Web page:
We know some companies can be overwhelmed by Scope 3 data. We know certain larger industries are ahead in reporting their Scope 3 emissions, while others may be far behind. Here’s why it is complicated.

Scope 3 covers 15 categories, as defined by the Greenhouse Gas Protocol, that are categorized as upstream or downstream emissions. The upstream category includes emissions from activities such as purchased goods and services and their transport, waste, and business travel. The downstream categories include activities such as the transport, processing, use and disposal of sold products, and investments. There are a lot of data streams to uncover.

We work with companies to examine all 15 categories to see which are relevant. If, for example, you’re a cement company and don’t have investments, then that Scope 3 category will not be relevant to your reporting. If you’re a bank, however, that category will be truly relevant.

Wildfires in California pose extreme risks to communities and companies. California’s new climate-change risk disclosure rules require companies to address risks to their operations. 

Action 4: Start to identify your climate risks and opportunities

Like emissions reporting, we know companies vary in their understanding and approach to the TCFD framework. In fact, the TCFD recommendations are intended to be a flexible framework. If you’re impacted by the California laws, it’s time to undertake a climate risk assessment that looks at the physical and transitional risks (and opportunities) climate change poses to your business.

Once you identify those risks, you’ll want to identify what you’ll do to mitigate them.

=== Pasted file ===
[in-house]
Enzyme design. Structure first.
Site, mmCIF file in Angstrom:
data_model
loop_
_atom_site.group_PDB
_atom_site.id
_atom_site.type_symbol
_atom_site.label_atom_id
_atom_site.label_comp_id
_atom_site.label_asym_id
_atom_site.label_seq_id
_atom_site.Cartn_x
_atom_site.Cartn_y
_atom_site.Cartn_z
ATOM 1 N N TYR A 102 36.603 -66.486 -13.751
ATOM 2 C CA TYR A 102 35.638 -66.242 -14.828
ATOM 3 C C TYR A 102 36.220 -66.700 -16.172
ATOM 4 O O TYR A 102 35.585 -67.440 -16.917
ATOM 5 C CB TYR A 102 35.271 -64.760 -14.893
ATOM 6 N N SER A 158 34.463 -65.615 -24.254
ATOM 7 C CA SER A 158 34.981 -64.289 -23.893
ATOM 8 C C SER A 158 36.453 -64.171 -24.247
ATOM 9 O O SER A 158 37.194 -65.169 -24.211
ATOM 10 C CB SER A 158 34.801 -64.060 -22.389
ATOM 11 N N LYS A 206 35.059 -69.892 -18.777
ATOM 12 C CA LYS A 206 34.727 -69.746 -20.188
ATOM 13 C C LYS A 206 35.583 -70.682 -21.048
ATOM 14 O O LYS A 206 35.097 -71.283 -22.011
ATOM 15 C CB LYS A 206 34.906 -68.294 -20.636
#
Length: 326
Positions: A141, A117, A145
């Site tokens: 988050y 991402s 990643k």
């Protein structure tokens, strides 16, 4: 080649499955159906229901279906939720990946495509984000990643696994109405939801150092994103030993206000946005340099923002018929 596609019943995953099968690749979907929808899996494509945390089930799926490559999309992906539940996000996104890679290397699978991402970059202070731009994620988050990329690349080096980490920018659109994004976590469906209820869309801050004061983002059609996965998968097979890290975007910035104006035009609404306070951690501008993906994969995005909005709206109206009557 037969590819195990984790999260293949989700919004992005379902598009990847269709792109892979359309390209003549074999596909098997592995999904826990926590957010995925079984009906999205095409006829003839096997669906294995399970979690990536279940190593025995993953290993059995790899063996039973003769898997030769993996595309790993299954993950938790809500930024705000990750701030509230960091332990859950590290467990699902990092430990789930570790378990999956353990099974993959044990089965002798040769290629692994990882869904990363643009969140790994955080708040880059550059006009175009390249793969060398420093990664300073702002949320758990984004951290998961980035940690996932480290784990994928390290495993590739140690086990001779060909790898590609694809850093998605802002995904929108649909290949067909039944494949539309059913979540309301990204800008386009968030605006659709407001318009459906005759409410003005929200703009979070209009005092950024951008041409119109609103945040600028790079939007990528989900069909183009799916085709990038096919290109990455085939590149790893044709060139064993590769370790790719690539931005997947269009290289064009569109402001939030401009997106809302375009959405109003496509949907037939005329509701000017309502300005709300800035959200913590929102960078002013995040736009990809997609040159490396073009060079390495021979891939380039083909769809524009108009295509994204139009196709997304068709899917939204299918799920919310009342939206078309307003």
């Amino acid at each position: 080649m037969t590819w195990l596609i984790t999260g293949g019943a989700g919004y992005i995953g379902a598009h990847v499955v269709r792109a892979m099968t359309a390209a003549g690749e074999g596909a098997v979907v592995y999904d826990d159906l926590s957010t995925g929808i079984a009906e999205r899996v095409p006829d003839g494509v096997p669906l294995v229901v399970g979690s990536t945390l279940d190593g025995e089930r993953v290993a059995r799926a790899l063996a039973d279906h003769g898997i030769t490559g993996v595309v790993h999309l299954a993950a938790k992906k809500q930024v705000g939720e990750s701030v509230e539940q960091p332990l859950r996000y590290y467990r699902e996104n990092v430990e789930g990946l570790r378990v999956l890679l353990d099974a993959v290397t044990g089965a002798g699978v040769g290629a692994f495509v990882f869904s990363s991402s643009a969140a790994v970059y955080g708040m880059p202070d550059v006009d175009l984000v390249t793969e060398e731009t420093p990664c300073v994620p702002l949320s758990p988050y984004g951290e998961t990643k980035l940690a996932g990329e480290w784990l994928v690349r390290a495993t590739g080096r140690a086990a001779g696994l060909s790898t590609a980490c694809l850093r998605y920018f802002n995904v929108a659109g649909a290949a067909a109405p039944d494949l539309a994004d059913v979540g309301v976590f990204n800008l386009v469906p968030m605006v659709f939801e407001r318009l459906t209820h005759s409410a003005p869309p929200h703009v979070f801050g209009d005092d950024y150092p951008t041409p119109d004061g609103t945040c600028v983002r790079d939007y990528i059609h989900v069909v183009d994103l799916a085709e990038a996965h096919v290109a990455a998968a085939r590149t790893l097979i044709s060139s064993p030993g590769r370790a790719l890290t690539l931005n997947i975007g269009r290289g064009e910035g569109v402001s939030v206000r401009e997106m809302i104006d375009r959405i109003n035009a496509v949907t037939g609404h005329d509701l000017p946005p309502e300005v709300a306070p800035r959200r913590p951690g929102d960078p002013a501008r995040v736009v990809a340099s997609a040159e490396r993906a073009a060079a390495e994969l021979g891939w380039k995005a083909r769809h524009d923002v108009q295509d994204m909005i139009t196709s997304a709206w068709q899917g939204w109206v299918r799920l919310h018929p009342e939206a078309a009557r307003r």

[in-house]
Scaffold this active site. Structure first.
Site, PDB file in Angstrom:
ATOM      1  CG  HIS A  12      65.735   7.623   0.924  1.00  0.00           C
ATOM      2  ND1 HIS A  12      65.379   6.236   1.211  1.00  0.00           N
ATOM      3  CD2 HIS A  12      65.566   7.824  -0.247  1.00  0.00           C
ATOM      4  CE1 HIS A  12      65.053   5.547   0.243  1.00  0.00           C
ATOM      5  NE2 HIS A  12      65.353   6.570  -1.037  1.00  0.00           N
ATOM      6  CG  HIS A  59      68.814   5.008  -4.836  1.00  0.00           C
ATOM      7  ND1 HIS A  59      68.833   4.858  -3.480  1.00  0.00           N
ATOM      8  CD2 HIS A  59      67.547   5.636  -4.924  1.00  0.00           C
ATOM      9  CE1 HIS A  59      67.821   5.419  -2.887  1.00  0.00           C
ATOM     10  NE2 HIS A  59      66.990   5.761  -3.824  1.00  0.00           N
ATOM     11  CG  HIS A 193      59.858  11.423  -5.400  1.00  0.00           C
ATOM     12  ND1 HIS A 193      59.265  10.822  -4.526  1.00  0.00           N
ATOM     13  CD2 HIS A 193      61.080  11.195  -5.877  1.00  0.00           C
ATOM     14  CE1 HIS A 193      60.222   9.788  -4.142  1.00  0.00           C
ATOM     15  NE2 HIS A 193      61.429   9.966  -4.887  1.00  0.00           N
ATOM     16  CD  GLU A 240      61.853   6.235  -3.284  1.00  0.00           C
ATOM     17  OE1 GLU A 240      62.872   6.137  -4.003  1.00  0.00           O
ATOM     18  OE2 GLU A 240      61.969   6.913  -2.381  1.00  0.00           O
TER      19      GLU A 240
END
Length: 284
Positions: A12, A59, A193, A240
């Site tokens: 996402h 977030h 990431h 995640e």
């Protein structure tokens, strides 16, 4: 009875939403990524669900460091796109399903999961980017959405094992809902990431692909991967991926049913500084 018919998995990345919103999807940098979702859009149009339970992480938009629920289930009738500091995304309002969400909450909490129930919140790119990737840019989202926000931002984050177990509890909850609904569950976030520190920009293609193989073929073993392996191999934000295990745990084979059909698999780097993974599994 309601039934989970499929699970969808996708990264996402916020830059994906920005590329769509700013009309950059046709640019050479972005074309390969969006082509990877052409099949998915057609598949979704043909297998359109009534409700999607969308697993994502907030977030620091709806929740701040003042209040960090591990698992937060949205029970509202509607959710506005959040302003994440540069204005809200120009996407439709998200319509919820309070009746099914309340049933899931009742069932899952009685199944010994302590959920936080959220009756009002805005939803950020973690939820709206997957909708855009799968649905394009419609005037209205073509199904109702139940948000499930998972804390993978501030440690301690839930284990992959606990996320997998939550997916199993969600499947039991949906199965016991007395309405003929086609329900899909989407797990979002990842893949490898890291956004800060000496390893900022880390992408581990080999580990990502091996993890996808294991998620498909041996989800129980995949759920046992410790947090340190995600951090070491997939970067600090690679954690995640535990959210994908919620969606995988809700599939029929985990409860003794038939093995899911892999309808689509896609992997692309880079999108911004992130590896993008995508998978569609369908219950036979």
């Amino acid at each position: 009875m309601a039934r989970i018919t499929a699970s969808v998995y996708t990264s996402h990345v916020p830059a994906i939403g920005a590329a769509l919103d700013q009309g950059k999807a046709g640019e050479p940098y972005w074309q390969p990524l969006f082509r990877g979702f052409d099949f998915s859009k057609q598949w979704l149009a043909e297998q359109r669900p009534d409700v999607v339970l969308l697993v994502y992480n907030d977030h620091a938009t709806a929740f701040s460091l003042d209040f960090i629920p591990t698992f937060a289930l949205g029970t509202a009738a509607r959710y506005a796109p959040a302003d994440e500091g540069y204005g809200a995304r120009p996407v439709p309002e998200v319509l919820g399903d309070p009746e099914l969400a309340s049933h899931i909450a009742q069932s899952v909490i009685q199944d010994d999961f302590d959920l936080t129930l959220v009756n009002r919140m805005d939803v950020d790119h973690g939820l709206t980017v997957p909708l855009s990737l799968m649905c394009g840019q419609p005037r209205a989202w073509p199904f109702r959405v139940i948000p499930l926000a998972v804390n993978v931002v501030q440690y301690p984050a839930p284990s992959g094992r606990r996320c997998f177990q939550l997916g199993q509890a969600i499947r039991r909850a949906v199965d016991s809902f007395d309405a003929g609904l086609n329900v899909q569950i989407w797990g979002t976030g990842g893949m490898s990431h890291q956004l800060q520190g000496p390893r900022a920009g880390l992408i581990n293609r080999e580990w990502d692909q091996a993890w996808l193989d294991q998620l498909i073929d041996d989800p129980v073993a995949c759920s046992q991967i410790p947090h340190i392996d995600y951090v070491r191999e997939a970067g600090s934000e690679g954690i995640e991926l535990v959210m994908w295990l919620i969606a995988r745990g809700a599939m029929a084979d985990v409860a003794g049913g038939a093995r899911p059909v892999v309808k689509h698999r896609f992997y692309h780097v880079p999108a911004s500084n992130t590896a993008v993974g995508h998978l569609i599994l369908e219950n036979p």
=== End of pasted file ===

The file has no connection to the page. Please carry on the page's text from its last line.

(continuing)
Here are some examples:

  • If you’re in the financial industry, you may want to assess risks to your data centers from severe weather events. Also, plan for backup centers in low-risk locations.
  • If you’re a power utility, you may want to assess how powerful storms affect transmission lines. And then look at what you can do to mitigate the risk.
  • Finally, all companies will need to begin planning for a transition to a low-carbon economy and examine the policies, technologies, and consumer behaviors that drive that transition.

Action 5: Embed climate disclosure work in your company

We advise companies to view ESG regulations and climate disclosure risks as financial risks. Companies shouldn’t think of climate risk as a single consideration. We advise companies to embed consideration of climate risks across their organizations.

How? You should make them part of your standard operating procedures and your risk assessment process.

California’s new climate disclosure regulations significantly raise the bar on corporate ESG reporting. They are part of a global shift to standardize disclosures and make companies more sustainable. They address climate change and higher investor expectations.

Even if your organization isn’t doing business in California, disclosures like these are likely in your future. 

  • Marca Hagenstad

    A seasoned global economist, Marca plays a key role in our global environmental, social, and governance—ESG—advisory services. Her innovative solutions, green finance, and strategic advice facilitate client resilience and long-term value creation.

    Contact Marca
End of main content
To top